Or consider the opening sentences of my recent science fiction novel, Children of the Mechanism:

The blare of the morning alarm always started in his dreams, sometimes as a monster screaming, sometimes as a boy talking to him, sometimes as a strange noise rising up out of the Refuse Hole like a siren song. Then it followed him through the stages of waking and finally, as he opened his eyes in the dim, red light, he heard it echoing off the metal walls, a singular note, high and harsh.

Without giving a bunch of exposition, this opening is meant to quickly convey the strangeness and danger of the protagonist's environment. Immediately, we have a monster screaming, something about a Refuse Hole, a dim, red light, and a harsh alarm blaring. All of these things are intended to make the reader say, "Who is this person, and what sort of crazy, dangerous world is he waking up to?"

It doesn't have to be an action scene. It could be a bit of dialogue, but whatever it is, it needs to draw the reader in right away. Give a sense of tension, mystery, danger or intrigue from that very first sentence.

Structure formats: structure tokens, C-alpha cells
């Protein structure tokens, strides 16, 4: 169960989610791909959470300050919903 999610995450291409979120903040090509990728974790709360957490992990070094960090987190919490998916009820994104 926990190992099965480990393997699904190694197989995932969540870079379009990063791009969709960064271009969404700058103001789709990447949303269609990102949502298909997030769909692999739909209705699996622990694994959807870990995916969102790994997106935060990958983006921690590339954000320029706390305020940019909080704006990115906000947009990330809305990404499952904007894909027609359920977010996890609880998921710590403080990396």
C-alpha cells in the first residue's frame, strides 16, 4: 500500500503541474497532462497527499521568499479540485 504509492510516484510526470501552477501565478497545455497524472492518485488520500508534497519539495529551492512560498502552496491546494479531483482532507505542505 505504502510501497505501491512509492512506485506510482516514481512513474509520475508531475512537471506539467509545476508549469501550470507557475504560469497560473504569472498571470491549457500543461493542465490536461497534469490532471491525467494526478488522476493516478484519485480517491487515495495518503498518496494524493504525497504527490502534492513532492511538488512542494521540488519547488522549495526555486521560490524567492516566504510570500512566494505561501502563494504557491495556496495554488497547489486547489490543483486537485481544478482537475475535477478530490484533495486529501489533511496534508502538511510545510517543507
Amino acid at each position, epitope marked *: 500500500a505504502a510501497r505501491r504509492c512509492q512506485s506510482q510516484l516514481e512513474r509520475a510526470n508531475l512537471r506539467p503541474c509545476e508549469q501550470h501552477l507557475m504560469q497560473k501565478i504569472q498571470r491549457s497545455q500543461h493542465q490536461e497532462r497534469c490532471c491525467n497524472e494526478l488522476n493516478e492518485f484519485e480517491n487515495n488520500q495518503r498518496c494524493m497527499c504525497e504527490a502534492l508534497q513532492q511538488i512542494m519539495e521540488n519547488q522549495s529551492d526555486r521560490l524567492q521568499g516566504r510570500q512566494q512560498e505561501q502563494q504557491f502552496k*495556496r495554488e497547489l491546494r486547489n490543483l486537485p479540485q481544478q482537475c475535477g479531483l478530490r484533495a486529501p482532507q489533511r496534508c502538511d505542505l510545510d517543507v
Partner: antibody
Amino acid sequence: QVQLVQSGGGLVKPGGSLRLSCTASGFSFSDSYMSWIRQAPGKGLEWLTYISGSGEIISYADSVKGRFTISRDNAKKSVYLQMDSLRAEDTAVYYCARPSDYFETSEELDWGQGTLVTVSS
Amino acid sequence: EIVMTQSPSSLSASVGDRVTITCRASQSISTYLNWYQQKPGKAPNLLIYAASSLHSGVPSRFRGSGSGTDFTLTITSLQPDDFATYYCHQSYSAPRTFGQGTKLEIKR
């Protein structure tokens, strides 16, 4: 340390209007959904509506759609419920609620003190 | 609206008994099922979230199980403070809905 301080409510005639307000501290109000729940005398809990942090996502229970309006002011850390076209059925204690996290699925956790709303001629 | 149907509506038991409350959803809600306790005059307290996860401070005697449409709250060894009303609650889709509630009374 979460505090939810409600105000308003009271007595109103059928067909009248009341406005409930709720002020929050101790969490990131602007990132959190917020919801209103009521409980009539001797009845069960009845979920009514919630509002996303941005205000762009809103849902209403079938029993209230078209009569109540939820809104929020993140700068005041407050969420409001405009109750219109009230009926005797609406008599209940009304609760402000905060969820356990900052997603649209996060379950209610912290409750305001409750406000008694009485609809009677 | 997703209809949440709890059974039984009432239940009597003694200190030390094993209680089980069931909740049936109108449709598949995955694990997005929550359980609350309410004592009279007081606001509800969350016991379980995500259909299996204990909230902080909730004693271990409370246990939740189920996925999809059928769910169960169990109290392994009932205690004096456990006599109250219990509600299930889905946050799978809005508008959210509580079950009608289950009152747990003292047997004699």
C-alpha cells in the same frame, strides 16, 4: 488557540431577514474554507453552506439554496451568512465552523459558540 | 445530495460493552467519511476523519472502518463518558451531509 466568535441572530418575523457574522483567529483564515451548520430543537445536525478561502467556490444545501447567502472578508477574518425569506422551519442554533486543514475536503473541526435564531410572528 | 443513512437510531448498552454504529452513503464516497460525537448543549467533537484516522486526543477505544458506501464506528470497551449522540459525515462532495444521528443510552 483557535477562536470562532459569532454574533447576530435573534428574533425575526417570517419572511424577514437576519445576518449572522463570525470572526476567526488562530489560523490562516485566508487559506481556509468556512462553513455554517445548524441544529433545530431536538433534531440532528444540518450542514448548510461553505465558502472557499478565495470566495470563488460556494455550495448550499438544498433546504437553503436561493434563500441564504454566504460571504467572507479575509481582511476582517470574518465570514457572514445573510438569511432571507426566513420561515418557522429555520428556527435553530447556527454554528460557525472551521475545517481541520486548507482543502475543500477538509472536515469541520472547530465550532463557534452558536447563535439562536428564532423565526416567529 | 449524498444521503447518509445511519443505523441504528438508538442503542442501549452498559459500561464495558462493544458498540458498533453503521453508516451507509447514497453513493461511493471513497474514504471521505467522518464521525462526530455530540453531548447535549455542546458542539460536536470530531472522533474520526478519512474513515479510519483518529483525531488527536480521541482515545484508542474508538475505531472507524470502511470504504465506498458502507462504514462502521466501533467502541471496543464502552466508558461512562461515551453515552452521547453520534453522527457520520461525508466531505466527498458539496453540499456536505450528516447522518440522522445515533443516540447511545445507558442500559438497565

Don't Overdo It

My earliest novels often opened with dull exposition. At some point, I realized I needed more dramatic openings, but I overdid it. Your opening sentence or paragraph can be so over the top that it causes readers to scoff at it. An opening scene that is filled with ludicrous amounts of gore might strike readers as absurd. Publishers are wary of young writers who try (and usually fail) to be shocking, so reign it in a little bit.

Now, if you are writing a horror novel, this might be a bit trickier. Your opening scene needs to convey a sense of fear and dread, but remember that publishers have seen countless examples of amateurish writers trying to be provocative. They won't be impressed.